About Miami Valley Pit Crew, what our mission is and how we began.
"Running a rescue" was never on our bucket list, and in no way did it sound like fun to us. How we got here will always be left open to speculation.
Blake and I (Collette) were dropped smack dab into the middle of the rescue world shortly after what we know now to be our "rescue dog," Caesar, had to be euthanized due to complications from epilepsy.
I was working at a vet clinic in 2008 when Caesar's owner dropped him off to be euthanized because he didn't want to "deal" with the epilepsy any longer. Since he was an affluent doctor at a local hospital, one would assume he would have had a little more compassion, but that proved to not be the case.
The doctors at the clinic refused to euthanize him, as epilepsy (if diagnosed early), has a high probability of being managed. The owner was asked to sign him over to the clinic, and THIS is where our journey began.
Days and weeks went by, to no avail. All of the poking, prodding and feeble attempts of convincing me to take him home weren't working. There was NO way I was going to assume that kind of responsibility.
I lied to myself.
Caesar became OUR dog on Christmas Eve, 2008.
~On a desk top? Click to enlarge each image and enjoy the gallery
Willingly taking on a sick dog is one of the most selfless, heartbreaking and rewarding things a human being could ever do. Our whole life came to a screeching halt and Caesar's comfort and quality of life became the only thing in the world that mattered to us.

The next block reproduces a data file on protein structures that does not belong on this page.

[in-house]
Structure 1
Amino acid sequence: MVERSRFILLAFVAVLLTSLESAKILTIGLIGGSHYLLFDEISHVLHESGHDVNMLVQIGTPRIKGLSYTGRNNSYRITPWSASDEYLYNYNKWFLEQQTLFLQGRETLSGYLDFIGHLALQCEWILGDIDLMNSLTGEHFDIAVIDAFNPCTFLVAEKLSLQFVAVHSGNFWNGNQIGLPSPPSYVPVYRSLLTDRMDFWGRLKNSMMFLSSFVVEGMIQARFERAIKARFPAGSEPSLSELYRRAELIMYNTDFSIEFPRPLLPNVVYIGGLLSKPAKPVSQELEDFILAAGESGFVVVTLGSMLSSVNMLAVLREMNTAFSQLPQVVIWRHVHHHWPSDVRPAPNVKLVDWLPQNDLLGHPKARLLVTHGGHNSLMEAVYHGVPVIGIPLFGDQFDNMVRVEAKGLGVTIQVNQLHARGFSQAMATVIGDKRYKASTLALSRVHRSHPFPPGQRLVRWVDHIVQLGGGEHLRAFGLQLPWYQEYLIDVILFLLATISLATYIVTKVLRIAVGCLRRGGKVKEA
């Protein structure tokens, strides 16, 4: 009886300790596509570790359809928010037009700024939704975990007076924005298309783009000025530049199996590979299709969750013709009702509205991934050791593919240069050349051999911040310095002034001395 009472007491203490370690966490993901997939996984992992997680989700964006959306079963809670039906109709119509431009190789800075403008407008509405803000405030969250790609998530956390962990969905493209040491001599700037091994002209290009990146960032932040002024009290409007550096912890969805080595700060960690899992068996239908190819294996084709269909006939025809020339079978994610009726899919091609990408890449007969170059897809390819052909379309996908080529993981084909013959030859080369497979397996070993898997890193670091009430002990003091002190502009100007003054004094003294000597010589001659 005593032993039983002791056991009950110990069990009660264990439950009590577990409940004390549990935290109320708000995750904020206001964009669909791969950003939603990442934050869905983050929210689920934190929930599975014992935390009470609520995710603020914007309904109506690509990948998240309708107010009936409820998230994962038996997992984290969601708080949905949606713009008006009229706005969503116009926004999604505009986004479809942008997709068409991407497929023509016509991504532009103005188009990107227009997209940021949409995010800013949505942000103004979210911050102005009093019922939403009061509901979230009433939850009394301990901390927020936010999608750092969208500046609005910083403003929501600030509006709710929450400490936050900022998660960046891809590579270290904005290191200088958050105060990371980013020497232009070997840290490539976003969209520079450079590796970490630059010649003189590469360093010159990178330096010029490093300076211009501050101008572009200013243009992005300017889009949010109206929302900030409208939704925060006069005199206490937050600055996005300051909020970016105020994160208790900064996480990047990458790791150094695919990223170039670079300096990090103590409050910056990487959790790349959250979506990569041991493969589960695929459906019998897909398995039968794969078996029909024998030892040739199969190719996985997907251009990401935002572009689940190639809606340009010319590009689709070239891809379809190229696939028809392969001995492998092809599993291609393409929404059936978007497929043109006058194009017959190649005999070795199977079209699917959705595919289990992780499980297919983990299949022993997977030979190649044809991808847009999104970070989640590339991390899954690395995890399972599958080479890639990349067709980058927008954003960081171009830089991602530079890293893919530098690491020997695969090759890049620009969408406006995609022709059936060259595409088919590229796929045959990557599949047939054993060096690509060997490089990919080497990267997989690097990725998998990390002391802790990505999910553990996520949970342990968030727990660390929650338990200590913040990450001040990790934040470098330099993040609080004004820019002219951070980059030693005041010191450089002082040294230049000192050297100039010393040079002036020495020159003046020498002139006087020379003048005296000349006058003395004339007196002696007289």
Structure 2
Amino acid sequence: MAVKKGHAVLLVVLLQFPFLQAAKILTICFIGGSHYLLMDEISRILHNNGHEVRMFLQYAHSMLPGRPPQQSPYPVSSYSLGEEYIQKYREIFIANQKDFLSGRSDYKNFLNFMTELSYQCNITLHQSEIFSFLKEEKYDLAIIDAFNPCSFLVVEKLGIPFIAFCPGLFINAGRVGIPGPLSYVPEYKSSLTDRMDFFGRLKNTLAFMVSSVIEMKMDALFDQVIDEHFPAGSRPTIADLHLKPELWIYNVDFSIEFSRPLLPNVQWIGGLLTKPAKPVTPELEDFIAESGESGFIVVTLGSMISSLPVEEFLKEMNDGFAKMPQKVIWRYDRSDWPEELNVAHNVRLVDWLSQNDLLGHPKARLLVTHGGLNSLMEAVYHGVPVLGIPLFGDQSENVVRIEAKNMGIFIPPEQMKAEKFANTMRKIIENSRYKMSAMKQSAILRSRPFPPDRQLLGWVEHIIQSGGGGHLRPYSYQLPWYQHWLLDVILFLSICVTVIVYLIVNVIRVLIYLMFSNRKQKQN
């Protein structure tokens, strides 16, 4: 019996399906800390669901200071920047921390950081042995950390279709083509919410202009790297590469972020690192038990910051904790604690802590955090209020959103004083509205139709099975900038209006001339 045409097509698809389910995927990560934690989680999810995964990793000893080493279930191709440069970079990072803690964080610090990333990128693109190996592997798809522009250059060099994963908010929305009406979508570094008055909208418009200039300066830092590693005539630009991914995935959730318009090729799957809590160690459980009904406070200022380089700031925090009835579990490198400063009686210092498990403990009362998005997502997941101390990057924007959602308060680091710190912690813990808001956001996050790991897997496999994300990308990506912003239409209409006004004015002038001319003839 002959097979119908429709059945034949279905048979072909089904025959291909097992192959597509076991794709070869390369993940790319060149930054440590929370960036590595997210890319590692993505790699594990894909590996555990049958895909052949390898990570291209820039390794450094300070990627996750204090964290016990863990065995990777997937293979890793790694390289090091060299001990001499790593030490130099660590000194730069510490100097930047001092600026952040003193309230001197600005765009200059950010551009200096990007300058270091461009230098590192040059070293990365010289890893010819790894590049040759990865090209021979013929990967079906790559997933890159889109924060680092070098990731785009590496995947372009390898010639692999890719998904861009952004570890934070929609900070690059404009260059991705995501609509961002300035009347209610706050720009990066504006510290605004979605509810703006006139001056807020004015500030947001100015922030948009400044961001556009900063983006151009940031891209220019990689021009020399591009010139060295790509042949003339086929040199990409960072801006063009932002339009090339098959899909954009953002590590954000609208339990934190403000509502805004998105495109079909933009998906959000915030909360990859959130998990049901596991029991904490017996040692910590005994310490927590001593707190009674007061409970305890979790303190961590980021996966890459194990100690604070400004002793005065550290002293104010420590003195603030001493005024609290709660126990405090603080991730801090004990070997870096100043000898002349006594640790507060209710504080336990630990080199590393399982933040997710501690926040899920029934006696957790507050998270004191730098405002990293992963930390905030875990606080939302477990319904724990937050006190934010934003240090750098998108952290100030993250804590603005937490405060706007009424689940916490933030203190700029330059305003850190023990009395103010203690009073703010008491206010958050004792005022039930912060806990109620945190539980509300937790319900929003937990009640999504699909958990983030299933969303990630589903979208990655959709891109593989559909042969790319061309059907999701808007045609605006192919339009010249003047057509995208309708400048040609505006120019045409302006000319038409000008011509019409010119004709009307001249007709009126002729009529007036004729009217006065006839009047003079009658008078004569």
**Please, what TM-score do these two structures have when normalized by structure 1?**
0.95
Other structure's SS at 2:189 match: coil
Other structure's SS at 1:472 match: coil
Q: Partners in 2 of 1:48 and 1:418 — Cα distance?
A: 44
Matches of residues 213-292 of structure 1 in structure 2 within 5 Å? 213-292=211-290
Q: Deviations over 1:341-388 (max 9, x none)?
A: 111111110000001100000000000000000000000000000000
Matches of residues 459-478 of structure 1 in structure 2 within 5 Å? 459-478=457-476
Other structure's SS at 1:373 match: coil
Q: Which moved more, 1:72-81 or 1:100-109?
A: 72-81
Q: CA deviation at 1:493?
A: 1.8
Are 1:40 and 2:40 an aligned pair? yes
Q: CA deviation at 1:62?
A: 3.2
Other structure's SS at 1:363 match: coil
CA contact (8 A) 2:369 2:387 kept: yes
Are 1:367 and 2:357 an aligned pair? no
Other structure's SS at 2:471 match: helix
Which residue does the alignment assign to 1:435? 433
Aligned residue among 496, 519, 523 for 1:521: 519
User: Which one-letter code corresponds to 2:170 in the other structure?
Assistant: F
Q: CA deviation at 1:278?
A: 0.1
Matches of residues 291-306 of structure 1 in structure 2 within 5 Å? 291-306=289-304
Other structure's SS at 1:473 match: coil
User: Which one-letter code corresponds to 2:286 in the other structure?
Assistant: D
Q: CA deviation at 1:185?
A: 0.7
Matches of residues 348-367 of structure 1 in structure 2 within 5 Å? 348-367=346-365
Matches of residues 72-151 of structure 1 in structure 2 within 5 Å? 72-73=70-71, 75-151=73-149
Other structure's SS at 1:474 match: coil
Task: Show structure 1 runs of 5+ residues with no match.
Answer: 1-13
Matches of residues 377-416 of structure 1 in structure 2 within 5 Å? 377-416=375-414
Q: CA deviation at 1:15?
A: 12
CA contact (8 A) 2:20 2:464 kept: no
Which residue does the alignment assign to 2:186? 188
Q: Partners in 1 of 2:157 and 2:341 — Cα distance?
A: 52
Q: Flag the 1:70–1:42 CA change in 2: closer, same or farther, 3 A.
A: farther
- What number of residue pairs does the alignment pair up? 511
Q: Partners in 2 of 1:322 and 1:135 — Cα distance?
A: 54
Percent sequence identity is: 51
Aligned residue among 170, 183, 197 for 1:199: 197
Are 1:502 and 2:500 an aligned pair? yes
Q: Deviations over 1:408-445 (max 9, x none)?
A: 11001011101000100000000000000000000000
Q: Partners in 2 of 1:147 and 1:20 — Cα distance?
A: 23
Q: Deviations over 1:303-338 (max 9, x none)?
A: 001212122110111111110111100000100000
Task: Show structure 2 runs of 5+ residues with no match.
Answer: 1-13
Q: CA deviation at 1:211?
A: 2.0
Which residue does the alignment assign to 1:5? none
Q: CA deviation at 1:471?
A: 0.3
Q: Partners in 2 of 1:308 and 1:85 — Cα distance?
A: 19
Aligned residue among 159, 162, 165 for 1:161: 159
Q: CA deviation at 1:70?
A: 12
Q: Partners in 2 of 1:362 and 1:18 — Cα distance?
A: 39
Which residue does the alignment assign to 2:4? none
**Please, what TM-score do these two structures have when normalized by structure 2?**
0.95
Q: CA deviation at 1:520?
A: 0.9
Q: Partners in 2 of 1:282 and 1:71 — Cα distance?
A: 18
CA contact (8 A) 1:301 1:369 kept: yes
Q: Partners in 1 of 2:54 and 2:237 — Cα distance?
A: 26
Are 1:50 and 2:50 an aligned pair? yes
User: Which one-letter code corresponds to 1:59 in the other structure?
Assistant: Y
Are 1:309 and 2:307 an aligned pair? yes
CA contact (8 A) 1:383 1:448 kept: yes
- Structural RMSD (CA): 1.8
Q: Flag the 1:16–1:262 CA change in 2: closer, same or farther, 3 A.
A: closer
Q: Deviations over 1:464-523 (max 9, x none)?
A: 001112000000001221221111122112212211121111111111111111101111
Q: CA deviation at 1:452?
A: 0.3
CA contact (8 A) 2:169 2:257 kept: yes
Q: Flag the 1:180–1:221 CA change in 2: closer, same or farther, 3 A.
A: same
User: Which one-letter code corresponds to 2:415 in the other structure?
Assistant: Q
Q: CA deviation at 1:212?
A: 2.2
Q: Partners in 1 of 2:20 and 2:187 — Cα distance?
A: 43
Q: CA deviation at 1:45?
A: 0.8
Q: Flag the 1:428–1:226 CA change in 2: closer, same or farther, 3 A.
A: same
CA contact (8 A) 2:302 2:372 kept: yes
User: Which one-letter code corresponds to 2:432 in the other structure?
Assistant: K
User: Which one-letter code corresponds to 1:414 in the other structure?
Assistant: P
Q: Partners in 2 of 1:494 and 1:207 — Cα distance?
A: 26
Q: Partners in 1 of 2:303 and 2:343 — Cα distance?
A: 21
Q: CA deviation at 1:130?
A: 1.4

It's not for everyone, but as we found out, it mattered to us.
Looking back, I don't know how we did it. The monthly financial burden alone would have been enough to send a medical professional into bankruptcy, but somehow we managed. Our lives totally revolved around that dog and his medical needs. Caesar was kept on a strict schedule and we adhered to it as though our lives depended on it.
We had only 8 months with our boy but he taught us so many life lessons - lessons that we later turned into running a rescue.
After Caesar's death I spent a lot of time searching for what my purpose was in this life. I never think that something just "happens." There are reasons. Honestly, I was lost without my boy. I was distraught and cried a lot. I guess I really didn't know what to do with my time. Looking back, one could say that I was in a very dark place.
It was at this time that I stumbled upon this thing called "rescue.' I believe to this day that Caesar had a paw in it.
Blake and I jumped into rescuing dogs almost immediately upon my discovery. We fostered one dog from a rural shelter in Kentucky who later went on to live with my in-laws.